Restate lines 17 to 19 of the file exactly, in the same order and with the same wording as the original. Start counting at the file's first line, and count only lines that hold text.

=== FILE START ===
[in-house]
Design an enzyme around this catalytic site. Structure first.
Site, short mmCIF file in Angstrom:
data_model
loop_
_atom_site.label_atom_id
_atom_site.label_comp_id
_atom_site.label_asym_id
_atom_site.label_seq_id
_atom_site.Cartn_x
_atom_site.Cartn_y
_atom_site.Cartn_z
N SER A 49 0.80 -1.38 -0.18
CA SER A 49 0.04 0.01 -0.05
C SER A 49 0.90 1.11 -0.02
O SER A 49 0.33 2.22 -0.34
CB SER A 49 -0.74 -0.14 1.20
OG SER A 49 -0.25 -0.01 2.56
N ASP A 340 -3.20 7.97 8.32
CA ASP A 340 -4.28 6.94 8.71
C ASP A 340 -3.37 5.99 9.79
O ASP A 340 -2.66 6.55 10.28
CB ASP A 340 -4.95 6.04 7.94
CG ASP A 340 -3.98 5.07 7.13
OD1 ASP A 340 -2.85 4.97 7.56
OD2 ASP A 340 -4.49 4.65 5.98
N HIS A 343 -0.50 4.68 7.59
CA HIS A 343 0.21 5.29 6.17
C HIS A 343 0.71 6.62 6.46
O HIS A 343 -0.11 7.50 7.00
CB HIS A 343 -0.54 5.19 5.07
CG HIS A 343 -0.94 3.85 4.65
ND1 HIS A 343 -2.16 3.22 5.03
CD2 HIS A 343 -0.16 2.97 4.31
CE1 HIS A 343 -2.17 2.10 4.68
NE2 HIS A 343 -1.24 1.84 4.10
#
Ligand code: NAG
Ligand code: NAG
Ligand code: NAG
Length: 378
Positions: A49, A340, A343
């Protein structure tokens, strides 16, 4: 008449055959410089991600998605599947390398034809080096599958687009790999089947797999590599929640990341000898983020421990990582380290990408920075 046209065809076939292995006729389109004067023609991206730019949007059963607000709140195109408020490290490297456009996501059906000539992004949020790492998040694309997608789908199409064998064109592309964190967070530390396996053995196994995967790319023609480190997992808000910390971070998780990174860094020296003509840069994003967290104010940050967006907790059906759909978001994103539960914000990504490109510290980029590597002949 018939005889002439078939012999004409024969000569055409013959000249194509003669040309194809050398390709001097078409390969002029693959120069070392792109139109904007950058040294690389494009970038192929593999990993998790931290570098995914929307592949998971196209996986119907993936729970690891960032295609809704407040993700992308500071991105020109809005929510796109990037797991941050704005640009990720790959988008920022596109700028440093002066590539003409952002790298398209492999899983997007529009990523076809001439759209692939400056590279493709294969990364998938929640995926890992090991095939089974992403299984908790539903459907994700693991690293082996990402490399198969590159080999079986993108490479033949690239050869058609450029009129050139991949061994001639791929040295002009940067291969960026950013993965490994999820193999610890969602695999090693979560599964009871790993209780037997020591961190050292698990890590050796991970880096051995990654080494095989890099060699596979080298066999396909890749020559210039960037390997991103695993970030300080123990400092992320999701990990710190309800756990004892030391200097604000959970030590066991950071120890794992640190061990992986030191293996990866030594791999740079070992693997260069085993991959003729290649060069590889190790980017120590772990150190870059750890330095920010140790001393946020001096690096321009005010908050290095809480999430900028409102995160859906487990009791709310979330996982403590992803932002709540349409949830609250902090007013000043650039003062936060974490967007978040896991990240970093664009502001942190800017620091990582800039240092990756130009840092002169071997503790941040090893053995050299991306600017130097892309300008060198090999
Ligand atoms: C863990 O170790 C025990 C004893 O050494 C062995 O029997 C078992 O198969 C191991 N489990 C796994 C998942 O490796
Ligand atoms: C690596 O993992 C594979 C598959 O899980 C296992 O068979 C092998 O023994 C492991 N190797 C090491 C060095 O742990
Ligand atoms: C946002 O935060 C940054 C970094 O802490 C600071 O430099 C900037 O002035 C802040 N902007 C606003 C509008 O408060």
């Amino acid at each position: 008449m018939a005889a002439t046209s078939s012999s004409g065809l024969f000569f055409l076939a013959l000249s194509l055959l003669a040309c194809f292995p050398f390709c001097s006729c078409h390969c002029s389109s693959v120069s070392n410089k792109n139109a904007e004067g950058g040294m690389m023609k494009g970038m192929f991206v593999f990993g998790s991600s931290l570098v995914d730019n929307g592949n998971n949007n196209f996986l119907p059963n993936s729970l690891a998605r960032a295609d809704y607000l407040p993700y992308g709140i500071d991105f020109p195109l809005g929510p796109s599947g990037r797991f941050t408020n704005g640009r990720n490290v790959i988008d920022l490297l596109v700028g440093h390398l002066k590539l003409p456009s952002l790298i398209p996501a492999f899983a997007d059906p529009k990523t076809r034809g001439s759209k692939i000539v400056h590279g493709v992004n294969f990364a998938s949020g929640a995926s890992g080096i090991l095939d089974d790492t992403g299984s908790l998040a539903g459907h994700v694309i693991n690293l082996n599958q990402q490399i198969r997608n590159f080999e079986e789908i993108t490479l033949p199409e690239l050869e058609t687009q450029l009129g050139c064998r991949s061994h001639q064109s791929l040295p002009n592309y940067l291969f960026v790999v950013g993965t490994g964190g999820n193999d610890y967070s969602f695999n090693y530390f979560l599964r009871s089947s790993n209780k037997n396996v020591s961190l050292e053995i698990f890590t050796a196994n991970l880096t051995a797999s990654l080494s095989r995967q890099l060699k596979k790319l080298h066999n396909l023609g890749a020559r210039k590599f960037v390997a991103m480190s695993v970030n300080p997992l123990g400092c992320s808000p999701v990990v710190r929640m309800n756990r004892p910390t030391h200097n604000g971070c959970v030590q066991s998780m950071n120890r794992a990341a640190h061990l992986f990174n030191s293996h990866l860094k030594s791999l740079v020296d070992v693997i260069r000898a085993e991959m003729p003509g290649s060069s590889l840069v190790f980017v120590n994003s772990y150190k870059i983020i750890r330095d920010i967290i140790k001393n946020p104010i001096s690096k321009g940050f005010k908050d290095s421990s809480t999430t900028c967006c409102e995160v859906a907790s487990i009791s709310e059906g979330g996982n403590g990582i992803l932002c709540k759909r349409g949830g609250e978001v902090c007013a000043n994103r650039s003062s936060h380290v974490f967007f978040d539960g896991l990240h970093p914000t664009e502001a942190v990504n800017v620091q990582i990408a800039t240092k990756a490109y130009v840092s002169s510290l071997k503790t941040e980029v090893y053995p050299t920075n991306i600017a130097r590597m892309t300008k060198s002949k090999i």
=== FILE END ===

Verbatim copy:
CB SER A 49 -0.74 -0.14 1.20
OG SER A 49 -0.25 -0.01 2.56
N ASP A 340 -3.20 7.97 8.32